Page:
The technique used to draw the field lines is, however, a little complicated. Drawing is done by working our way down in as large steps as possible, but now it must be examined if a field line is hit. As the steps initially are large, we risk jumping past the field line, therefore we must (by a trial iteration) examine if a field line is in our way, and if so, alter the further procedure. If a field line is in our way, we must go forward in smaller steps, and when it is hit, we must go backwards and forwards in smaller and smaller steps, in order to find the precise point of intersection with the field line. The steps we go down are usually (that is, when we disregard field lines) half of the estimated distance, and we may now have to reduce the steps.
If we set , and if the order of the attracting cycle is r and if z* is a point in the cycle, then z* is a fixed point for (the r-fold composition), and near z* this map has (in connection with field lines) character of a rotation with the argument of the quaternion = the product of the quaternions , for the r points in the cycle.
A given direction (= quaternion of norm 1) outgoing from z* determines a field line, and this consists of the points z such that if the argument of is ( = the last point in the iteration), then . Therefore we must know the k'th power of a unit-quaternion, and this can be calculated by this formula:
where is an angle such that and where t is calculated recursively by the following operation performed k times and starting with t = 0 and i = 0:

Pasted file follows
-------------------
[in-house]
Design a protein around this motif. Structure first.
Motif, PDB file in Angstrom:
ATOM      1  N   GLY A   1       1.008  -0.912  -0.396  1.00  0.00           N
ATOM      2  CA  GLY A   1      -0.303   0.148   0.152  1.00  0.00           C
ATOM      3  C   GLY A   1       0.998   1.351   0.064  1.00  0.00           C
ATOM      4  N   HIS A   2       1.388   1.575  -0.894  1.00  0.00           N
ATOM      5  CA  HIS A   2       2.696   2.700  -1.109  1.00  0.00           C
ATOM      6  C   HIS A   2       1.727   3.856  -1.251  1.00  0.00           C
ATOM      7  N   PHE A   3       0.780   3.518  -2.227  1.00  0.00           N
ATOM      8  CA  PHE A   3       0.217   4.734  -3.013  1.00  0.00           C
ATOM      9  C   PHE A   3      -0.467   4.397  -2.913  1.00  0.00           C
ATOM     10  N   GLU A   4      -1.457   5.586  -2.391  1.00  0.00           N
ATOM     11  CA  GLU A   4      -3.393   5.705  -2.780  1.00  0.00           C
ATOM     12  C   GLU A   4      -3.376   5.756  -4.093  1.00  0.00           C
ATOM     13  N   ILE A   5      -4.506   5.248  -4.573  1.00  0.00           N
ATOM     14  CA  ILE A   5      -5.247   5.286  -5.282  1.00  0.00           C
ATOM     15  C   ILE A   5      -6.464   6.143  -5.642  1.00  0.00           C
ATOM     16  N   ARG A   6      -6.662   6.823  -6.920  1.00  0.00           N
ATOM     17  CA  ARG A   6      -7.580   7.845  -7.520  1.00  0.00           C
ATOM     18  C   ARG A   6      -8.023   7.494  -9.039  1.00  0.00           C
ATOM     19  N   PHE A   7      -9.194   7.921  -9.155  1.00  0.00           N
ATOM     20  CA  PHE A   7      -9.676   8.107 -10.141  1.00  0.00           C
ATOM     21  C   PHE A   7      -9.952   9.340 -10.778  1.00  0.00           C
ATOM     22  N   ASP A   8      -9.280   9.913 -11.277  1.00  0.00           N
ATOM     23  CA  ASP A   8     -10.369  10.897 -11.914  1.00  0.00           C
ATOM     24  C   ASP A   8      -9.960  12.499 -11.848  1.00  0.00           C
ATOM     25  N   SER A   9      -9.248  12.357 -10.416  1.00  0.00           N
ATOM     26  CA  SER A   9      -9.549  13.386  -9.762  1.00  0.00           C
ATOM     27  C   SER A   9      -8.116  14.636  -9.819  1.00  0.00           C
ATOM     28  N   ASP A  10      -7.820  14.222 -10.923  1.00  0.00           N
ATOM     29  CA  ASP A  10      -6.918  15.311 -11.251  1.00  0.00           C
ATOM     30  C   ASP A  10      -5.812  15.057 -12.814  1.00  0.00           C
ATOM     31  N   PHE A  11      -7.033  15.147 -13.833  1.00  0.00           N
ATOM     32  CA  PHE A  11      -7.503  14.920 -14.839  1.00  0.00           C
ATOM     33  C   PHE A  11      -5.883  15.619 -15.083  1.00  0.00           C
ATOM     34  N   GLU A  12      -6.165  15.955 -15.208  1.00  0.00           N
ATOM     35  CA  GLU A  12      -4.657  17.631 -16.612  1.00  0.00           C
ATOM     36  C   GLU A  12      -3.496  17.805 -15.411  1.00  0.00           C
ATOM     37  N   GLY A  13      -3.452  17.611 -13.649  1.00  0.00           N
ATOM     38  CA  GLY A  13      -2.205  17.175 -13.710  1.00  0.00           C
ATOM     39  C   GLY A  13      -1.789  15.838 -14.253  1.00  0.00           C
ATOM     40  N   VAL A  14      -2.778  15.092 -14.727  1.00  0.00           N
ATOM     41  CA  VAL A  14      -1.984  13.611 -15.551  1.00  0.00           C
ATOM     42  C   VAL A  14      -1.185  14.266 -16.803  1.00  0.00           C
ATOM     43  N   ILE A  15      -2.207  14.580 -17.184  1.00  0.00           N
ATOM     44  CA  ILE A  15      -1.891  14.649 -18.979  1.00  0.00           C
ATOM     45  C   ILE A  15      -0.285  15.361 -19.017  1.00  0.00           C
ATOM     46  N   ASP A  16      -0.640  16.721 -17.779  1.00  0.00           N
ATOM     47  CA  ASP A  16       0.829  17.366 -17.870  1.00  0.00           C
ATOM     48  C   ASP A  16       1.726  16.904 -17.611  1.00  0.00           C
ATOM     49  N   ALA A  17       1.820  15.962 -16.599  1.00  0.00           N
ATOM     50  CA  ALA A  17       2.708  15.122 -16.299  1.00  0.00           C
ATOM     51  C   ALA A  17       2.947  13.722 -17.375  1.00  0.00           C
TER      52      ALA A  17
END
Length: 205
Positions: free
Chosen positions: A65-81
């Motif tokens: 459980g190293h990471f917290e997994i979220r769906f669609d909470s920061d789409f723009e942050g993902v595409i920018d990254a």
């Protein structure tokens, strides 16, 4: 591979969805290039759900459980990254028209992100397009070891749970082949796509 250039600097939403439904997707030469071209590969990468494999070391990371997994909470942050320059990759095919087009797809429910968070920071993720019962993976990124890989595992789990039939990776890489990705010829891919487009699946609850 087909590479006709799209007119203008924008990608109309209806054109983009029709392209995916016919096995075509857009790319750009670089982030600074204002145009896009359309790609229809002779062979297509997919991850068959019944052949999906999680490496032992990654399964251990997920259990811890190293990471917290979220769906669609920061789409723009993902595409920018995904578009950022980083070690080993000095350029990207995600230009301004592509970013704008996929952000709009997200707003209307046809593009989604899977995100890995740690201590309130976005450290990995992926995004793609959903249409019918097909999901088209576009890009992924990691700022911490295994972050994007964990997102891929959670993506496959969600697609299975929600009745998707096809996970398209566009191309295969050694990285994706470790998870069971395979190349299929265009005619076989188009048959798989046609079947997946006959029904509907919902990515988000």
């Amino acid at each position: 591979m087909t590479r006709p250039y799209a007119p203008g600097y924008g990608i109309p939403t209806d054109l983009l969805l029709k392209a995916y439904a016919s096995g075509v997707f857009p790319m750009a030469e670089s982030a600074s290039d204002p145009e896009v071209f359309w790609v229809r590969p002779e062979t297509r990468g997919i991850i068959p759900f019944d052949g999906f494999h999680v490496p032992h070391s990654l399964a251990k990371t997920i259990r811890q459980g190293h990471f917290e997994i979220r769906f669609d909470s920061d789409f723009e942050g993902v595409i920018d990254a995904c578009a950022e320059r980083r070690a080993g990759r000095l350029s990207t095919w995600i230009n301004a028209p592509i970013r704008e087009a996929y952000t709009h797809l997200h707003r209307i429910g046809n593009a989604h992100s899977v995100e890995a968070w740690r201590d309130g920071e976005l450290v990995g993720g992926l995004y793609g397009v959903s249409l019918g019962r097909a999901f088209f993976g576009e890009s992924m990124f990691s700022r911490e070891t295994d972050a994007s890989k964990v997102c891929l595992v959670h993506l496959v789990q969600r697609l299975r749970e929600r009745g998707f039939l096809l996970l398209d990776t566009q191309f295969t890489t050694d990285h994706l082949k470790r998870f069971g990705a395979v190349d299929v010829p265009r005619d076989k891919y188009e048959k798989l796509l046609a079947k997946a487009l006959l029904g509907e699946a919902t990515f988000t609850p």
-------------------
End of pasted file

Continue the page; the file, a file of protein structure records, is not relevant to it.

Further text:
- and .
Let n be the number of field lines and let t be their relative thickness (a number in the interval [0, 1]). For the point z, we have calculated , which is a unit-quaternion and therefore corresponds to a point on the unit sphere. As the domains of this determining the field lines are chosen such that they result from a regular decomposition of the equator circle, the condition depends only on the argument of the projection of this quaternion on the complex plane. If v is this angle (chosen in the interval [0, 2[) divided by 2, then z belongs to a field line if |v - i/n| < t/(2n), for one of the integers i = 0, 1, ..., n.
However, as we want to know if a field line is in our way, we do first perform a pre-calculation which calculates the distance to the boundary and determines the field line in question, and this is the one having the number i such that |v - i/n| < 1/(2n). We calculate the number d = 2n|v - i/n| - t. If d is negative, the point z actually belongs to the field line, and the point is coloured white. Otherwise, we regard d as a measure for the distance to the field line, and we multiply the calculated step by d, so that the steps become smaller when we are near a field line.
We must find the precise point in our way down where the field line is hit. Therefore we go backwards and forwards in smaller and smaller steps. We call the actual height h1 and the old height h2. When we for the first time are inside a field line, we set h3 = h1 and h1 = (h1 + h2)/2, and calculate again if we are inside the field line. If no, we set h2 = h1 and h1 = (h1 + h3)/2, if yes we set h3 = h1 and h1 = (h1 + h2)/2. We do this until h2 - h1 < stepmin. The distance to the field line is then h - h1 (h is the height of the plane).